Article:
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back to article Anonymous plants pirate flag on MPAA website

Hacktivists planted a pirate flag after defacing an MPAA website, according to security analysts. The attack on copyprotected.com – a Motion Picture Association of America that reports violations of the copy protection controls on DVDs and Blu-ray discs - is the latest in a string of assaults against the entertainment business …

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Heart

hehehehe

go anonymous!

it's good to see somebody fighting back. it feels like in today's world we roll over and accept too many little injustices too often.

being treated as a suspected criminal when you buy a dvd, for instance. you STILL can't skip those fscking copyright notices...

I'm glad someone is sending these guys a message.

Some may argue that it is immature and not the right way to go about it, but to be honest I'd never imagine the MPAA or RIAA or ACS:Law having such things as morals, or even being mature. Right and wrong don't seem to mean much to those people.

so I say... stick it to the man :D

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Bronze badge
Linux

VLC?

"being treated as a suspected criminal when you buy a dvd, for instance. you STILL can't skip those fscking copyright notices..."

Try using the VLC media player, 90% of the time it skips straight to the "Play Movie" menu.

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Pirate

That reminded me

"being treated as a suspected criminal when you buy a dvd, for instance. you STILL can't skip those fscking copyright notices..."

That reminded me of:

http://www.theblogofrecord.com/wp-content/uploads/2010/02/Pirate-DVD-vs.-Legal-DVD.jpg

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Silver badge

Copy protection... meh

"being treated as a suspected criminal when you buy a dvd, for instance. you STILL can't skip those fscking copyright notices..."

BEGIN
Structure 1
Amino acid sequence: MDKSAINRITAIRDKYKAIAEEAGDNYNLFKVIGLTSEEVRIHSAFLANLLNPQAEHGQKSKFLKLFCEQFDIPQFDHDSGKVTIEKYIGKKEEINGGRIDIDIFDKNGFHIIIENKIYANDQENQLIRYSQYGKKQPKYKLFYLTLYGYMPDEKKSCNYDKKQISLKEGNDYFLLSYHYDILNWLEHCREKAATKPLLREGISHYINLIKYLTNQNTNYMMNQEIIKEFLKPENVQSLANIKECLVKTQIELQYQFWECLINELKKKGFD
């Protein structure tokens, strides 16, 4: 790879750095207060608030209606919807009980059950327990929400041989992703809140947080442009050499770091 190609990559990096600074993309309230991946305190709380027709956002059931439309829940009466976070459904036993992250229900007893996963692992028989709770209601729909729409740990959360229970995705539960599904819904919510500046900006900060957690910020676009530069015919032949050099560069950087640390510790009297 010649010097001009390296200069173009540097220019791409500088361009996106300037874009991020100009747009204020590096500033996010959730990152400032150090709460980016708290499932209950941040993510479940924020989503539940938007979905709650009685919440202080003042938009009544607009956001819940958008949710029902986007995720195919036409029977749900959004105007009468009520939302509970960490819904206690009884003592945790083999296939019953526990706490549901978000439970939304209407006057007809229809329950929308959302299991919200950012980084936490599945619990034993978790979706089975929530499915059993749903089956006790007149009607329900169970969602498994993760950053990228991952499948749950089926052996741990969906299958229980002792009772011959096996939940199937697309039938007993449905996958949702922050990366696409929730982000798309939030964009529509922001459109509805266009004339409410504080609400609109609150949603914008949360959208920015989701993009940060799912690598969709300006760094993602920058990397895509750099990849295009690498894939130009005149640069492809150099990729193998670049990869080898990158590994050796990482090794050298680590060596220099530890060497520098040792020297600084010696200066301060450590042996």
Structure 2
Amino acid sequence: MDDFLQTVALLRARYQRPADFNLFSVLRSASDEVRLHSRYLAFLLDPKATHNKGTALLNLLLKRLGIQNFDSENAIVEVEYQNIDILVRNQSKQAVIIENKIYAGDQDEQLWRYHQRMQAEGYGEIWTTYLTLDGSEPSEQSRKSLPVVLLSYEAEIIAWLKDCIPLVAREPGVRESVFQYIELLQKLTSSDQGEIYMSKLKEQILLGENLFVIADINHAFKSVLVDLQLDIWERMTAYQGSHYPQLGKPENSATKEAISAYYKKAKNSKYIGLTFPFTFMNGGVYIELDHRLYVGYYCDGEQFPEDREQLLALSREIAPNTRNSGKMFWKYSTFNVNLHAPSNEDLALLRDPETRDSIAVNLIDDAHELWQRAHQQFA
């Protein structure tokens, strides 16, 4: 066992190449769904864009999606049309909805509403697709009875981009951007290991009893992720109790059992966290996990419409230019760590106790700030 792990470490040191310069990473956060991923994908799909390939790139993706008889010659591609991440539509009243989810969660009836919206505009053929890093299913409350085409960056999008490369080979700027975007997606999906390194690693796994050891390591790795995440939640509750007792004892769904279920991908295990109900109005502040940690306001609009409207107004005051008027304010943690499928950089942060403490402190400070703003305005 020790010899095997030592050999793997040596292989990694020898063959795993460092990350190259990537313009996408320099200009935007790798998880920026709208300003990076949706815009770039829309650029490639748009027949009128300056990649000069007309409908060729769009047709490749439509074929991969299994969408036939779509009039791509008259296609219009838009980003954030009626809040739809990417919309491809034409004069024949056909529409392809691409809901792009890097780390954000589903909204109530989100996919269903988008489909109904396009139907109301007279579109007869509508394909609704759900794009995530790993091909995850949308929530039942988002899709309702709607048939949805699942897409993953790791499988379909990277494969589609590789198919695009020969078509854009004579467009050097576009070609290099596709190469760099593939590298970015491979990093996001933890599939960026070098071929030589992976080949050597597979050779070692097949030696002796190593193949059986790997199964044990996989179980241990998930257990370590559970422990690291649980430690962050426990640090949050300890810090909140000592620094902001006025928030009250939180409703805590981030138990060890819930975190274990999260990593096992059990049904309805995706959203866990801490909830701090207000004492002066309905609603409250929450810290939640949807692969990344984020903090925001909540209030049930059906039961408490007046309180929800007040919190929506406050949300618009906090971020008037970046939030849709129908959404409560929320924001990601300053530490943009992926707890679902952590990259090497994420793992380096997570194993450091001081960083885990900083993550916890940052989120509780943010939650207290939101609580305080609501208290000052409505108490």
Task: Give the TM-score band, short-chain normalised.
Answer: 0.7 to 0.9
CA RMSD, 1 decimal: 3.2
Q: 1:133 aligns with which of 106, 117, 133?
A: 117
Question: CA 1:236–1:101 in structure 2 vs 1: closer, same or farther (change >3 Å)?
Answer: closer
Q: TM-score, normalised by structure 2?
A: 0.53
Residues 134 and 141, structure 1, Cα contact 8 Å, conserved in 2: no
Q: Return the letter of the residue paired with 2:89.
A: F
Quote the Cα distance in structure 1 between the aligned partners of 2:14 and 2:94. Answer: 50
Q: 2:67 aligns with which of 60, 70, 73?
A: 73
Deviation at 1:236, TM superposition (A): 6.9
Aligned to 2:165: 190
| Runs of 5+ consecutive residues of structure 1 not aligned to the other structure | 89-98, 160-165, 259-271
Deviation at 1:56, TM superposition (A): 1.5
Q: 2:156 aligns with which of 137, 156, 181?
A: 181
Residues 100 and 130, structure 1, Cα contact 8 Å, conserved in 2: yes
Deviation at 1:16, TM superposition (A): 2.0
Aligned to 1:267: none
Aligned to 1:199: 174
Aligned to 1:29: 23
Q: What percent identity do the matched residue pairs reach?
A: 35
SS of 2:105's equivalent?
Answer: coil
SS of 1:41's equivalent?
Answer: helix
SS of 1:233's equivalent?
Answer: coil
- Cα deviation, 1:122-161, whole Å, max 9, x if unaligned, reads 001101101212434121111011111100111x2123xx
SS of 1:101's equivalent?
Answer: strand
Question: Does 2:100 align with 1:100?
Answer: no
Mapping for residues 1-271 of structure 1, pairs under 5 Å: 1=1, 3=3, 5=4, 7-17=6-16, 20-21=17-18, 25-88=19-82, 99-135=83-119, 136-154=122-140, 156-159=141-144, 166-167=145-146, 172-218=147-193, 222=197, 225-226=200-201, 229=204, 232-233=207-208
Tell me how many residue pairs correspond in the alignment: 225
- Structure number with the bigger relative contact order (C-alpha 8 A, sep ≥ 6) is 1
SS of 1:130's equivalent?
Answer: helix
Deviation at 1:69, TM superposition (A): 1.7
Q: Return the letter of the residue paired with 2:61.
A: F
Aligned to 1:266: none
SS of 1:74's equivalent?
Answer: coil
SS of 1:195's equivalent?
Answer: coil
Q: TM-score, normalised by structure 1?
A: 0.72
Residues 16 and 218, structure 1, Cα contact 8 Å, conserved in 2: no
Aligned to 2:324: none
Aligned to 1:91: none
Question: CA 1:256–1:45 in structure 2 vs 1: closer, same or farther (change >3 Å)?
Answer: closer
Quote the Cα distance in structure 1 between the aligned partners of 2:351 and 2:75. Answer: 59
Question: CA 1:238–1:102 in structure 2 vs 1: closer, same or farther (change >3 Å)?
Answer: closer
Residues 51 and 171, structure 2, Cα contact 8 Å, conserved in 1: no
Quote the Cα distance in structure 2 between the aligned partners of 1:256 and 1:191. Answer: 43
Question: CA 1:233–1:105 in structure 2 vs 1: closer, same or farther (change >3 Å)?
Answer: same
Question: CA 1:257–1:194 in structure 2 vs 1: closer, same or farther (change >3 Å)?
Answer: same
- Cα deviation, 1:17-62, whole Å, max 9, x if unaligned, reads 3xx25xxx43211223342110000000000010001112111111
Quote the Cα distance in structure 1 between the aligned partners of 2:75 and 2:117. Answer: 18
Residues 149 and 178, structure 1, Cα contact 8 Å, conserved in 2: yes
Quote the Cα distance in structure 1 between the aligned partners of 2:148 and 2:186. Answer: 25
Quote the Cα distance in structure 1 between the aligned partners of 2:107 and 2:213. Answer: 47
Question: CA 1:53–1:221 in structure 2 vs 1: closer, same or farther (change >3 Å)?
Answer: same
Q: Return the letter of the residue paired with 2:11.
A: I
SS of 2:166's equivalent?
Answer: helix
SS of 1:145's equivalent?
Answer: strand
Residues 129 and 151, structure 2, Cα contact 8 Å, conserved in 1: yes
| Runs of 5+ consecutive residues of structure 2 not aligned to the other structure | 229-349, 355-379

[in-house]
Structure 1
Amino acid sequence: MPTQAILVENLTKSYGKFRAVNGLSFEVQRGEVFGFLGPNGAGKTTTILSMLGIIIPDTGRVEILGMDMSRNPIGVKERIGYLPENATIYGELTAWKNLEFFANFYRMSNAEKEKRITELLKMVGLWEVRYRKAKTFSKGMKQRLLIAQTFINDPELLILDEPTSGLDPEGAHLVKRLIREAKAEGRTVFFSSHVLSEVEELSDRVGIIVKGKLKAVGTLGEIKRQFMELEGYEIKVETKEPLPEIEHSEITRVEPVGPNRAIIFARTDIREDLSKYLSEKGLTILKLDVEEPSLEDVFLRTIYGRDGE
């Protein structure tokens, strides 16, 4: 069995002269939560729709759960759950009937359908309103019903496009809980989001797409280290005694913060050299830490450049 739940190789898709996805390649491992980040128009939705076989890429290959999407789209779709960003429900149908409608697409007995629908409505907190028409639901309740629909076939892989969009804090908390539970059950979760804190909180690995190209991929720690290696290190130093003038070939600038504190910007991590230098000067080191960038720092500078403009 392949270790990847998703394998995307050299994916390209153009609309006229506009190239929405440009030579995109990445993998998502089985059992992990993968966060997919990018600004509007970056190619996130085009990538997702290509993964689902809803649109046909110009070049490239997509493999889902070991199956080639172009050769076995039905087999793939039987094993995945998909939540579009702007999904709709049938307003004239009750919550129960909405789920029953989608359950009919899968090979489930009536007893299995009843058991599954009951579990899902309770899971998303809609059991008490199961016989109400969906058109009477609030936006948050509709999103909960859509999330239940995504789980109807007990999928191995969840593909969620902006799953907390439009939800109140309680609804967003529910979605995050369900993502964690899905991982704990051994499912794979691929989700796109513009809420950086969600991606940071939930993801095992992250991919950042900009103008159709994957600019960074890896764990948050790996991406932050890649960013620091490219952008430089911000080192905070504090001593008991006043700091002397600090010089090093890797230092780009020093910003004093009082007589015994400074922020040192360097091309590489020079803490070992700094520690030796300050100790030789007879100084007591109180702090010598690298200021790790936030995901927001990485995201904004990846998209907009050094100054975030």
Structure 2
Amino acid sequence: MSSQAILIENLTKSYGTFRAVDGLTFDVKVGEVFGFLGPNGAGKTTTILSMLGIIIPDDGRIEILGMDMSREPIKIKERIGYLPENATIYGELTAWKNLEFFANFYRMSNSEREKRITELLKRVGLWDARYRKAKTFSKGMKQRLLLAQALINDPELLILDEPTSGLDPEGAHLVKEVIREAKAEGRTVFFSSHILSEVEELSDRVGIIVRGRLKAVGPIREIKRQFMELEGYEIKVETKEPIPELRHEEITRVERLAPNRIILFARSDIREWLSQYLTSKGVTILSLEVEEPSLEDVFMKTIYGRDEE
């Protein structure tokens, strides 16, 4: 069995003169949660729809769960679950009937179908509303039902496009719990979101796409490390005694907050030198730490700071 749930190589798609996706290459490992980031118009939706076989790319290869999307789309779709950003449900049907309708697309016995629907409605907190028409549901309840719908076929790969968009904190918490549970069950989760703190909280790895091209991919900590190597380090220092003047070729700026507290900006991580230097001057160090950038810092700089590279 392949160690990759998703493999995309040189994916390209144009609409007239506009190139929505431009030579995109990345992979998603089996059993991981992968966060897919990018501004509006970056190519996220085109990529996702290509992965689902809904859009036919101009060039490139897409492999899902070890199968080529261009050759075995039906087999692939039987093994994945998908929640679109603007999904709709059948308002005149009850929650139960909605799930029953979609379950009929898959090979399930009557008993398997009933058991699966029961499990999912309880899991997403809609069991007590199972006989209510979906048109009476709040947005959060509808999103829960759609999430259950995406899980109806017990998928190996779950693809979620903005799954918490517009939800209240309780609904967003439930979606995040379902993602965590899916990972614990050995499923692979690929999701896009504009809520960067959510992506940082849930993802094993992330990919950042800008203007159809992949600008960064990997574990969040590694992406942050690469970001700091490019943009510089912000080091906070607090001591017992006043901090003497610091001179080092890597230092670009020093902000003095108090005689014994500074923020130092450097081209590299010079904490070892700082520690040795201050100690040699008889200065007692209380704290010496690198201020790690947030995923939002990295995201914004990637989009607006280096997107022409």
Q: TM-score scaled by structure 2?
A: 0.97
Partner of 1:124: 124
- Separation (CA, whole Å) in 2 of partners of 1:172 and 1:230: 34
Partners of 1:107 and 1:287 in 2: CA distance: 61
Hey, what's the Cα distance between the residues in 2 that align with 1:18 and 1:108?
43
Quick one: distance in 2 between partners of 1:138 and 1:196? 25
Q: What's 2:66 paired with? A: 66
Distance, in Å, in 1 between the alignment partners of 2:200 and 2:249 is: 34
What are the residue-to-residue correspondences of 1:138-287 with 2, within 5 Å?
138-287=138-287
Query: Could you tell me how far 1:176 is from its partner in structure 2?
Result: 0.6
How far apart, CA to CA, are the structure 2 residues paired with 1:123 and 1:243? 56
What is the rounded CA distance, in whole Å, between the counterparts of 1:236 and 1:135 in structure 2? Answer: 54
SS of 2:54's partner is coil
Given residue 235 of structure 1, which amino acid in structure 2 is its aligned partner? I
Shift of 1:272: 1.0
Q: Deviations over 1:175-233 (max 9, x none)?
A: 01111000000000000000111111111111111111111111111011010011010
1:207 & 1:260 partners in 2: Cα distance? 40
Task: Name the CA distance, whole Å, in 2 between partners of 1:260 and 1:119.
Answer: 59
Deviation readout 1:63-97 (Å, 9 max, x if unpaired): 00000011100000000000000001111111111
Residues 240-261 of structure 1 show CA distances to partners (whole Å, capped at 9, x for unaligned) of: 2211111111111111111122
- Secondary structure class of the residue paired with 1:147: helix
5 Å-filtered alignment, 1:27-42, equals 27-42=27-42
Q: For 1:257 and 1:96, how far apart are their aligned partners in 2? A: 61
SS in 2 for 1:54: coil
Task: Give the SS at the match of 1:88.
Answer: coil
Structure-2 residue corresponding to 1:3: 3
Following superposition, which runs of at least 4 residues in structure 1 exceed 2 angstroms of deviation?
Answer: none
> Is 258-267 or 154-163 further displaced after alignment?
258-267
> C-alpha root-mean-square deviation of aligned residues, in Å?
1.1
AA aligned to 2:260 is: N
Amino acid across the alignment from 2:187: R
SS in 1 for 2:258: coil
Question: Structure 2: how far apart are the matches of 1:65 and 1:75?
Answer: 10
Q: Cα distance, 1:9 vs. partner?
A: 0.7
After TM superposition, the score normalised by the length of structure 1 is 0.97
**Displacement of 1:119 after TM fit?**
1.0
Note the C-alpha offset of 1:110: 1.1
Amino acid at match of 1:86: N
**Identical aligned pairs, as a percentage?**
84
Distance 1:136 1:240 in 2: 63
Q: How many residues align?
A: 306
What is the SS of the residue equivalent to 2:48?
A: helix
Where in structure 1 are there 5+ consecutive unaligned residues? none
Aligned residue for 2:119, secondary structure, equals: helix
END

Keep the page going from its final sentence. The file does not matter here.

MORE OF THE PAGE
Unless you have the pirate version. Not seen a pirate copy in a long time that makes you watch that warning section.

Plus the pirate version can be played on your viewer of choice (even your smart phone after a bit of resizing/conversion)

What is the incentive to have a legal copy?

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Pirate

Anonymous 2 - Paytards 0

See title

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Silver badge

Misleading title?

If I understand the article correctly they didn't do anything to the MPAA website, just made DNS point to another server. Am I correct in this assumption?

If my login to the registrar of the domains I own was hacked, the A records for my domains could be pointed anywhere. Therefore this is not particularly impressive and the MPAA website was not defaced at all.

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Stop

Erm no

The login to the domain registrar was not hacked, as it says in the article the attack was DNS cache poisoning. This is an attack where you persuade a bunch of the DNS servers that users machines will goto to look up www.mpaaassholes.com to return the IP of the alternative site instead. In its simplest form this attack consists of sending a lookup response to the servers as if they had asked you for the site IP address.

Secondly, if they have successfully replaced the page that a user sees when pointing their (no doubt Internet Explorer) browser at www.ourfilmsareshitbutwewantthegovernmenttomakeyoupayusanyway.com then the site has been effectively hacked. It makes no odds whether you have replaced the page on the origin server(s), on the CDN actually serving the pages or by attacking DNS, the end result is that www.weareparasites.com now serves up a page that the MPAA did not create.

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Silver badge

Erm What?

At first I thought you were trolling, then I saw the downvotes and realised, Its' more of a misunderstanding.

I think you need to read my post carefully. Then read your own again. Thank you for confirming what I suspected.